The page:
Pct. 2 County Commissioner Zephaniah Timmins, the only Black Harrison County Commissioner, agreed with Williams on this point.
“I do not want to see the statue destroyed, not at all, but rather, I would like to see it moved to a place that is out of sight, and not on display on public property,” Timmins said.
Timmins stated that if more people of color were elected as county officials, the issue would be addressed differently.
“I have been threatened, and called things that were not my name, things I wouldn’t repeat, because of this issue,” Timmins said. “That’s the thing, what we saw happening in the Capitol, that could have happened just as easily here.”
Additionally, he expressed outrage at the recent events in the Capitol, and explained that he felt it was a mistake for other commissioners to ignore this issue in the hopes that it would go away.
“I told them before, this is not going anywhere; this is not a dead issue,” he said.
Timmins, who has lived in the county for 65 years, said that he remembers growing up in and around the courthouse when his father worked there for 30 years.
During that time he remembers going through the segregated school system in Marshall, and witnessing the protests at the courthouse then against segregation.
“It was very tense during that time, and naively, I ignored those protests,” Timmins said. “I am not going to ignore this, and those that try to need to know that it isn’t going away. They know who they are.”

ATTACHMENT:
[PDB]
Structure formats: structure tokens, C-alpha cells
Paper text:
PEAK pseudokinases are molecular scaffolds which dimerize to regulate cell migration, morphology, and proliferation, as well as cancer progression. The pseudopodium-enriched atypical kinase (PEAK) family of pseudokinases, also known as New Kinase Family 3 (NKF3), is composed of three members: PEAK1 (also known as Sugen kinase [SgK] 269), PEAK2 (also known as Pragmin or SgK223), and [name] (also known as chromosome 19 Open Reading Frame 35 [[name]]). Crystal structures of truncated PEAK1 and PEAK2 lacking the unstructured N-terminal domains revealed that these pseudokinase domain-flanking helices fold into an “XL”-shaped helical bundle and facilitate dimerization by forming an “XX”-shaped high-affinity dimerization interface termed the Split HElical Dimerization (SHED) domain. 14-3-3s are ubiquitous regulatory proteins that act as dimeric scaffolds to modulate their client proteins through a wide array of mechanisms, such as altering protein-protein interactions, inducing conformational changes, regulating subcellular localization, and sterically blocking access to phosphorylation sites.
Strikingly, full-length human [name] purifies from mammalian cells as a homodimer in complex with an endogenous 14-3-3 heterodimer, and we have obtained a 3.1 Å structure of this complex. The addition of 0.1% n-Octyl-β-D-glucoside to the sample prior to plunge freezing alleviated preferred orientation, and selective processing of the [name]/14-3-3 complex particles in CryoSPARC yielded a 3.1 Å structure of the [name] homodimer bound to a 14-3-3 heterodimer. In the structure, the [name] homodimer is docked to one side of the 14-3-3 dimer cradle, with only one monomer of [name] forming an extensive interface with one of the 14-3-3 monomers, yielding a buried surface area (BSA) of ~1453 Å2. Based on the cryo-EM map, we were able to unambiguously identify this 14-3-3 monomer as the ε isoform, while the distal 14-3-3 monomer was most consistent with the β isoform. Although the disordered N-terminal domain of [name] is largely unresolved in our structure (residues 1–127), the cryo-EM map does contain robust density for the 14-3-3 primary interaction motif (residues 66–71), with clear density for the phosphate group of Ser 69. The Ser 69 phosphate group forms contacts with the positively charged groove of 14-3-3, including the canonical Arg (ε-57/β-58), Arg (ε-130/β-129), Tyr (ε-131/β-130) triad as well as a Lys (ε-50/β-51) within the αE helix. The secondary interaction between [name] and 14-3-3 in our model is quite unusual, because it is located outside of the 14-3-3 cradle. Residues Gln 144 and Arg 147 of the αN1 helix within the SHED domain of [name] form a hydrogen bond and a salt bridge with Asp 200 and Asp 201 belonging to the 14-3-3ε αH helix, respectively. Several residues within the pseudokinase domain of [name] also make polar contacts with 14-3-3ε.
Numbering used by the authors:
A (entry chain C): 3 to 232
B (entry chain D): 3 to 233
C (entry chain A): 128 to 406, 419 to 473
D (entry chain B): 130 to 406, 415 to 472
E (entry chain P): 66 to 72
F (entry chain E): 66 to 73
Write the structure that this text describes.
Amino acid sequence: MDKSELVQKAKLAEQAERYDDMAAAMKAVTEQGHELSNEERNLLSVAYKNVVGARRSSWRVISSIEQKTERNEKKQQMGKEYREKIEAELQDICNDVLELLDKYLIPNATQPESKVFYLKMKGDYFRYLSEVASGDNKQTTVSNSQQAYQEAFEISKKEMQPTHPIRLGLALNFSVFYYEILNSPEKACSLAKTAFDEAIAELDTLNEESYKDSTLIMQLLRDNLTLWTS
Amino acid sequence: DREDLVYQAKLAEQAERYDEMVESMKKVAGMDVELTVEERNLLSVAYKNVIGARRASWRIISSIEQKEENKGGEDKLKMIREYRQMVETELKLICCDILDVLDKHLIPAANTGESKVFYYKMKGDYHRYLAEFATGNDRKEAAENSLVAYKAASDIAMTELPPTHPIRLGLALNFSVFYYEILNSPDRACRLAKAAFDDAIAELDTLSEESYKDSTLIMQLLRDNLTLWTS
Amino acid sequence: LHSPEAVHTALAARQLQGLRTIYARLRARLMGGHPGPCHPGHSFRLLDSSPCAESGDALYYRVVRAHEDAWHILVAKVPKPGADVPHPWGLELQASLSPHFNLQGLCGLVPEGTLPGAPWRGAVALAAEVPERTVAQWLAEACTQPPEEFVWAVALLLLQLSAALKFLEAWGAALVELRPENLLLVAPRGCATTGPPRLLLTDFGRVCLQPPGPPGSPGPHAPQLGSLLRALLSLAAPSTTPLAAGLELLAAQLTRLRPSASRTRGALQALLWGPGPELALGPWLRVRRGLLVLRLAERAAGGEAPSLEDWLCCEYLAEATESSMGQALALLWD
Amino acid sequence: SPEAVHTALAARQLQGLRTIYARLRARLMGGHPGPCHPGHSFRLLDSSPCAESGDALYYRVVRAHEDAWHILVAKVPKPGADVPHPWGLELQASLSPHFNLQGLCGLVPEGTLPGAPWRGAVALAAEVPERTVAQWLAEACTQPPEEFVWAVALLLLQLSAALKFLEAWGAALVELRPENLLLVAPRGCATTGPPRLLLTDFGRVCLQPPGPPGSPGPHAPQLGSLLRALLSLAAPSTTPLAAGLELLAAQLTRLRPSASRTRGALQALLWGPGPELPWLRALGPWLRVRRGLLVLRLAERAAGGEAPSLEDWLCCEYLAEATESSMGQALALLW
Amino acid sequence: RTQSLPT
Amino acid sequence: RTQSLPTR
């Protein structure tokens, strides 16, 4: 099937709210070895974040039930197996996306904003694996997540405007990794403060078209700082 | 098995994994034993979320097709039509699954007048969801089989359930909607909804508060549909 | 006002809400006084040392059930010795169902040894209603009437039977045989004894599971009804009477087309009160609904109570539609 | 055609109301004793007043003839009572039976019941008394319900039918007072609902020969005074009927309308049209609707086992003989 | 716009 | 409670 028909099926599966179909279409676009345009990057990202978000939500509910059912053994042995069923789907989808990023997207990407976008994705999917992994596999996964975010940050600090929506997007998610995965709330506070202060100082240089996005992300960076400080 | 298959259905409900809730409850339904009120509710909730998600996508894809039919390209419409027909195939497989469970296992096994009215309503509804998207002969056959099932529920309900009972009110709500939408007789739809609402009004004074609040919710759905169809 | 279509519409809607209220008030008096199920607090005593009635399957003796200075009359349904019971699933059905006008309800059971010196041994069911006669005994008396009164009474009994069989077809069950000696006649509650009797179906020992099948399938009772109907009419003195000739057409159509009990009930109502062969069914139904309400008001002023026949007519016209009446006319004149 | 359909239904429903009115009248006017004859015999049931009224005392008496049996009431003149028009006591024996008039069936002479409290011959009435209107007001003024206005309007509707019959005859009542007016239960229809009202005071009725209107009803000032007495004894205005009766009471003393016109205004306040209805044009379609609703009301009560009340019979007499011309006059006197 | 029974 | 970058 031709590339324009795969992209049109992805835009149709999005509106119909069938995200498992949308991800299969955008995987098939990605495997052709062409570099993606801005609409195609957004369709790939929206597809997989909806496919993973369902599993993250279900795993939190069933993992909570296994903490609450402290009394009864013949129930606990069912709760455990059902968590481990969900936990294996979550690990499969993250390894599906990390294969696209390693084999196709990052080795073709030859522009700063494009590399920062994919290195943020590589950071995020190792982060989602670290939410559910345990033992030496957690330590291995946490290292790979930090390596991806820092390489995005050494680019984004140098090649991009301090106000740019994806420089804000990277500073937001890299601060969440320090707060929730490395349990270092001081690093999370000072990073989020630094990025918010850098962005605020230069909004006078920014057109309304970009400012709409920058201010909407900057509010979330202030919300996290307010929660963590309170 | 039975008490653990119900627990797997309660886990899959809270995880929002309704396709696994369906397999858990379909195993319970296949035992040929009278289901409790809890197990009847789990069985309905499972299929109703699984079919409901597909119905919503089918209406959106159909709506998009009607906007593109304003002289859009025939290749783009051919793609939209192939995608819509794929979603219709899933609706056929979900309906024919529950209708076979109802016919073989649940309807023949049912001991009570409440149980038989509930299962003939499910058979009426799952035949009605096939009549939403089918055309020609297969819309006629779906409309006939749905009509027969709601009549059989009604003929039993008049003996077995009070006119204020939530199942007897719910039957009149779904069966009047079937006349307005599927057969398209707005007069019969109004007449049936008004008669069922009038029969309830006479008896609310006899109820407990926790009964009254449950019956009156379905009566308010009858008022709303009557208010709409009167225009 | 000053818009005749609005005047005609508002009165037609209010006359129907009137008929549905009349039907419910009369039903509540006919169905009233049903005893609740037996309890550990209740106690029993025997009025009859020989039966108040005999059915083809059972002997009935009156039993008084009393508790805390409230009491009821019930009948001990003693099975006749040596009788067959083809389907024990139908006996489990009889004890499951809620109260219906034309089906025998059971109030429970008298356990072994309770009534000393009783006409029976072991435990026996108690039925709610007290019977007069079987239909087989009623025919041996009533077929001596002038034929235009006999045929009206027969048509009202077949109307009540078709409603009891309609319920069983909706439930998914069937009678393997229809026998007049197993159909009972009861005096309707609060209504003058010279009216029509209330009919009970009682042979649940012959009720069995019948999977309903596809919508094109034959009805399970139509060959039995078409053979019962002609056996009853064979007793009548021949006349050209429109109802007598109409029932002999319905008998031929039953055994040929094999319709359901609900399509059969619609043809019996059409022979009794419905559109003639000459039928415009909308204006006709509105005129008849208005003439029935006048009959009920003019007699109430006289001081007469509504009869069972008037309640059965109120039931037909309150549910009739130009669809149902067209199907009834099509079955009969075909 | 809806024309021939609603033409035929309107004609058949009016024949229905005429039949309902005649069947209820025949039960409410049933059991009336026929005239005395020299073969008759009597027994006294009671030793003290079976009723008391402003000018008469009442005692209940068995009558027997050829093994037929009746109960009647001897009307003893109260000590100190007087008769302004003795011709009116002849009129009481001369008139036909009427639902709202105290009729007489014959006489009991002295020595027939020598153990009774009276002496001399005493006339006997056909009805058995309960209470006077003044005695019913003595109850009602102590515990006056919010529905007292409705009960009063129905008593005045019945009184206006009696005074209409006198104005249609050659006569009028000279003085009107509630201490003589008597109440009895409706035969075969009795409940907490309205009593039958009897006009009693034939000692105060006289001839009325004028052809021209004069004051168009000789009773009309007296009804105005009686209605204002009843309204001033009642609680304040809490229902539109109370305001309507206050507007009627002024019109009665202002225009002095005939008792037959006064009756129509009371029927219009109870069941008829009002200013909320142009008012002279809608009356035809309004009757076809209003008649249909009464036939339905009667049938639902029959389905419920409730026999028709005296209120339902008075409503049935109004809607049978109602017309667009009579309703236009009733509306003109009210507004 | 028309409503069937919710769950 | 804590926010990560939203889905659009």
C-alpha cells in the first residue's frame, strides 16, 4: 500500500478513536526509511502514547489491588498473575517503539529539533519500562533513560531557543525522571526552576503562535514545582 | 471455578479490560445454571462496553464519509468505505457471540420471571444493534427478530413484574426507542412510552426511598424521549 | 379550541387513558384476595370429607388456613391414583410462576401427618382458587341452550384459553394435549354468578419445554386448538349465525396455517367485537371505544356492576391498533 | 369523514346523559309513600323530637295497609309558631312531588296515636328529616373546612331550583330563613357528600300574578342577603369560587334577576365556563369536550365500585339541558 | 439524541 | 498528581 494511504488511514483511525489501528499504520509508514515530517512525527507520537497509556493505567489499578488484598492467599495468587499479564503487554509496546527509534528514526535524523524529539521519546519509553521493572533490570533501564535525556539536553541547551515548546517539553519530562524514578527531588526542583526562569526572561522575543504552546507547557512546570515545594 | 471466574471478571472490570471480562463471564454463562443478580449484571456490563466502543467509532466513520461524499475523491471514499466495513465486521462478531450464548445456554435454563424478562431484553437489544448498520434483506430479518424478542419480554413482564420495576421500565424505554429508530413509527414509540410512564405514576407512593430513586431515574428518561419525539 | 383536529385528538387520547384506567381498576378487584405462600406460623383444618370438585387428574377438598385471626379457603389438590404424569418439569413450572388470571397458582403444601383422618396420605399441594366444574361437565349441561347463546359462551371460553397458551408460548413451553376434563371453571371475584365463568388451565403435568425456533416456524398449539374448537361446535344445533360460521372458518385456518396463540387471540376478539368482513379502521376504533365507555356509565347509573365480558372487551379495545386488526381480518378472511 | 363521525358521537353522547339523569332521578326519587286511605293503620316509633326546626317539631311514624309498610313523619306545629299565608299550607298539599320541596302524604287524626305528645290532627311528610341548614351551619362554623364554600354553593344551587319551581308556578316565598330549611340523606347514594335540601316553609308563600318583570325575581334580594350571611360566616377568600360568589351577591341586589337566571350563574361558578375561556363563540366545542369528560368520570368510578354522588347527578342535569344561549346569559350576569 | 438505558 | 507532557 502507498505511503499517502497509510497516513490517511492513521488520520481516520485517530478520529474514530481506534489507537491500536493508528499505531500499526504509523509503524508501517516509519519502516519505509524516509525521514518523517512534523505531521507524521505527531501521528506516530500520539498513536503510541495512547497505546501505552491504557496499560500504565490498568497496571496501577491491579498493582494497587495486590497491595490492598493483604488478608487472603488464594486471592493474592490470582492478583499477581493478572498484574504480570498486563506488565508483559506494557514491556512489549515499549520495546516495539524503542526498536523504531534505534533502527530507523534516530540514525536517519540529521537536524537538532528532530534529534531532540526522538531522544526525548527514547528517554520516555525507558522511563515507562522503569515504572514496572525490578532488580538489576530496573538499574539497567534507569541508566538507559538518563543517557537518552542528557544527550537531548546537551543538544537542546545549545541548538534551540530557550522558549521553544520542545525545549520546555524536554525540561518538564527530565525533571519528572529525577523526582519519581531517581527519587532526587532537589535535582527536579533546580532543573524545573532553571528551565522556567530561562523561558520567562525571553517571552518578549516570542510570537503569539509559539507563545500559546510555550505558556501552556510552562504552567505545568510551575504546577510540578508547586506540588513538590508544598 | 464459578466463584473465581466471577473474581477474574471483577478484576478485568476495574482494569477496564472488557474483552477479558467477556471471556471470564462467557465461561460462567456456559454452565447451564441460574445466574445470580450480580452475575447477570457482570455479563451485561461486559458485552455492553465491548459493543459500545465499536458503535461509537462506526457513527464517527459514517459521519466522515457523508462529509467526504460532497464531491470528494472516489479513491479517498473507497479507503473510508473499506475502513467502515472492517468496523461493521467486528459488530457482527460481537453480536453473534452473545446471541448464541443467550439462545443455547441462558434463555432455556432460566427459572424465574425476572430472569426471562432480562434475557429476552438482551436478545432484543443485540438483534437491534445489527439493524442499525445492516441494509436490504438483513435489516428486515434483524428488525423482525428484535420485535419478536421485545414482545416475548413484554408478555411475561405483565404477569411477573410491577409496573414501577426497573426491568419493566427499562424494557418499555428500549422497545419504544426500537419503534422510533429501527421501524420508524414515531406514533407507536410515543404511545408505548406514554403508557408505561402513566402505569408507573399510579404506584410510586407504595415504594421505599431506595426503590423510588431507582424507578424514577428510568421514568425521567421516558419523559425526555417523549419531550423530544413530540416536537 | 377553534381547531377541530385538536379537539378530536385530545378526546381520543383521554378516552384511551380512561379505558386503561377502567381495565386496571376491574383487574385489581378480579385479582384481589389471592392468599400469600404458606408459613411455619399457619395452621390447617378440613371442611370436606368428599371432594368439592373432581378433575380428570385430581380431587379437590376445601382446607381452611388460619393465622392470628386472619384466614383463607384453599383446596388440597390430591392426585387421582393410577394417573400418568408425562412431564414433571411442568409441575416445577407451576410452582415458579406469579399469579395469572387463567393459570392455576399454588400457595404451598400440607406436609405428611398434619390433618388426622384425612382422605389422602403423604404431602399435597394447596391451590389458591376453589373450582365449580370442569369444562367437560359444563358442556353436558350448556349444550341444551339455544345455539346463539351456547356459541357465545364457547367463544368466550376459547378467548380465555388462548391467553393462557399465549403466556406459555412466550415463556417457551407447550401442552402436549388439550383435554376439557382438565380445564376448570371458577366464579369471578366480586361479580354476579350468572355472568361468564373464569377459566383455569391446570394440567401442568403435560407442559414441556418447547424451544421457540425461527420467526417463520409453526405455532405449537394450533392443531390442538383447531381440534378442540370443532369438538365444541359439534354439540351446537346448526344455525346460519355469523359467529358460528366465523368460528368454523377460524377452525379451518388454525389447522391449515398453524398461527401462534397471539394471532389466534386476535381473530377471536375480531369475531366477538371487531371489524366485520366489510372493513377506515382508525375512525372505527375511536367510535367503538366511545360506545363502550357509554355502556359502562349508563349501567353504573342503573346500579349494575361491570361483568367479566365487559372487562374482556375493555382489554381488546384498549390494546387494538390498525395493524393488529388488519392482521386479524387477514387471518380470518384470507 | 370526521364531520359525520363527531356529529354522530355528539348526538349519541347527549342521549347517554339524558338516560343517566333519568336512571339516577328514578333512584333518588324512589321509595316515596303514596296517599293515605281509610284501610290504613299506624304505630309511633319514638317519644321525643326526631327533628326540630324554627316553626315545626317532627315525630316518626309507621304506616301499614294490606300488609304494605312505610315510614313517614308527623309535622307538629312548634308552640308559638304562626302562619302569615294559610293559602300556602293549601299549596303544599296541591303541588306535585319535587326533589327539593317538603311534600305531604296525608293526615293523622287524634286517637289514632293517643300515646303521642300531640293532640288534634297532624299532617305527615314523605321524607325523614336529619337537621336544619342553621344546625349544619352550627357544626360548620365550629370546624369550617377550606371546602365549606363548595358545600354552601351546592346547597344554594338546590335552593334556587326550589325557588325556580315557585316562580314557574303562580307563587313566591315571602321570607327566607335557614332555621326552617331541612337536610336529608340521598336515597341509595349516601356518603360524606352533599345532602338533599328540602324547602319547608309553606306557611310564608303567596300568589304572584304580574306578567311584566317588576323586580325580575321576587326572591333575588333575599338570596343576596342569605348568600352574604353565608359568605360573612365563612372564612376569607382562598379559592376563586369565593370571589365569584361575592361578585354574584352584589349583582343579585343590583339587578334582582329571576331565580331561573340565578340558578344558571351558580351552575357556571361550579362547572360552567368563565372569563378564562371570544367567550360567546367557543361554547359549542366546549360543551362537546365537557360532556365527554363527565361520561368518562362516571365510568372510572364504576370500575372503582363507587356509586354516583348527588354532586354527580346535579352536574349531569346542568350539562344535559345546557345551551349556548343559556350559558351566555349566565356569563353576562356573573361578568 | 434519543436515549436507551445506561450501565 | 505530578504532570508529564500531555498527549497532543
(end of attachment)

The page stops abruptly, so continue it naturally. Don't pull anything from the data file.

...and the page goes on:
This is not the first time that national events have sparked a push to remove the statue in downtown Marshall.
A petition to remove the statue was proposed originally by McFarland in June 2020, after weeks of protests took place outside of the courthouse in response to the murder of George Floyd by police officers in Minnesota.
The petition stirred controversy across the county, and inspired a number of community members opposed to the relocation of the statue, to start counterpetitions to keep it where it stands currently.
In August 2020, a motion to was made during a Harrison County Commissioners meeting by Timmins to request permission from the Texas Historical Commission to move the statue, but was then rescinded after no second was made by other commissioners. Timmins rescinded the motion in order for future action on the issue to potentially be taken.
This motion was made after over an hour of public comments on the issue, and left the statue in front of the courthouse. No additional action has been taken by the county since that time.
Timmins has spoken favorably of relocating the statue, and has been the only commissioner to do so, though he has yet to address the commission publicly on the matter.
“That is something that I plan to do in the near future,” he said.
Additionally, Timmins explained that for the community to be allowed to address the county commissioners court on a specific topic like the statue, the topic must be on the commission’s agenda. An item may be placed on the agenda at the request of county commissioners or by Judge Sims.
“That’s the way that it works, and I have spoken to other commissioners about that being an issue,” Timmins said, “Basically, we are silencing people.”